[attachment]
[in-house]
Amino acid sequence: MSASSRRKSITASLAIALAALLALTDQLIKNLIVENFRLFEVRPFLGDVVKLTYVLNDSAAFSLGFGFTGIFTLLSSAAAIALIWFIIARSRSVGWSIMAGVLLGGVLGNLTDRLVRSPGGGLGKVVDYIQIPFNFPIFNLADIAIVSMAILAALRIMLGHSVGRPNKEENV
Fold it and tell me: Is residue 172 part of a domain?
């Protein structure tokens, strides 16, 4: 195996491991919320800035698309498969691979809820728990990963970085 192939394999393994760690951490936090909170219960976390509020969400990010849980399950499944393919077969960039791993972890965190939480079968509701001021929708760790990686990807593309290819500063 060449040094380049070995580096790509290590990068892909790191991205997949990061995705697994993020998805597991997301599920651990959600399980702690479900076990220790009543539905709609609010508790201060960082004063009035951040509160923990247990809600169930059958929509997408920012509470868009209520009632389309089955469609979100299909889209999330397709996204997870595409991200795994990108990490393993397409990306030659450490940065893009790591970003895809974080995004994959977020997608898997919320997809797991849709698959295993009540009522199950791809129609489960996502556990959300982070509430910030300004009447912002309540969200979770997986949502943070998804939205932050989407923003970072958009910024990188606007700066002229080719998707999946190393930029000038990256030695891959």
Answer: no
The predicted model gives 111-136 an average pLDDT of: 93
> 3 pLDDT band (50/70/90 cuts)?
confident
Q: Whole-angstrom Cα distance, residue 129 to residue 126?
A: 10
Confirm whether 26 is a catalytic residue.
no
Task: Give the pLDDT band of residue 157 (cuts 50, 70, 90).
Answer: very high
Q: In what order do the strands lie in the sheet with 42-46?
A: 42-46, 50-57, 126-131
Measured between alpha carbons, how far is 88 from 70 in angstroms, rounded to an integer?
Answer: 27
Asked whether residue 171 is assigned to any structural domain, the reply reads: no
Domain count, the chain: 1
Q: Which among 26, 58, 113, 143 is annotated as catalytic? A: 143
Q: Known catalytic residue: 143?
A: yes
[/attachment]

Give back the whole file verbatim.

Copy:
[in-house]
Amino acid sequence: MSASSRRKSITASLAIALAALLALTDQLIKNLIVENFRLFEVRPFLGDVVKLTYVLNDSAAFSLGFGFTGIFTLLSSAAAIALIWFIIARSRSVGWSIMAGVLLGGVLGNLTDRLVRSPGGGLGKVVDYIQIPFNFPIFNLADIAIVSMAILAALRIMLGHSVGRPNKEENV
Fold it and tell me: Is residue 172 part of a domain?
């Protein structure tokens, strides 16, 4: 195996491991919320800035698309498969691979809820728990990963970085 192939394999393994760690951490936090909170219960976390509020969400990010849980399950499944393919077969960039791993972890965190939480079968509701001021929708760790990686990807593309290819500063 060449040094380049070995580096790509290590990068892909790191991205997949990061995705697994993020998805597991997301599920651990959600399980702690479900076990220790009543539905709609609010508790201060960082004063009035951040509160923990247990809600169930059958929509997408920012509470868009209520009632389309089955469609979100299909889209999330397709996204997870595409991200795994990108990490393993397409990306030659450490940065893009790591970003895809974080995004994959977020997608898997919320997809797991849709698959295993009540009522199950791809129609489960996502556990959300982070509430910030300004009447912002309540969200979770997986949502943070998804939205932050989407923003970072958009910024990188606007700066002229080719998707999946190393930029000038990256030695891959």
Answer: no
The predicted model gives 111-136 an average pLDDT of: 93
> 3 pLDDT band (50/70/90 cuts)?
confident
Q: Whole-angstrom Cα distance, residue 129 to residue 126?
A: 10
Confirm whether 26 is a catalytic residue.
no
Task: Give the pLDDT band of residue 157 (cuts 50, 70, 90).
Answer: very high
Q: In what order do the strands lie in the sheet with 42-46?
A: 42-46, 50-57, 126-131
Measured between alpha carbons, how far is 88 from 70 in angstroms, rounded to an integer?
Answer: 27
Asked whether residue 171 is assigned to any structural domain, the reply reads: no
Domain count, the chain: 1
Q: Which among 26, 58, 113, 143 is annotated as catalytic? A: 143
Q: Known catalytic residue: 143?
A: yes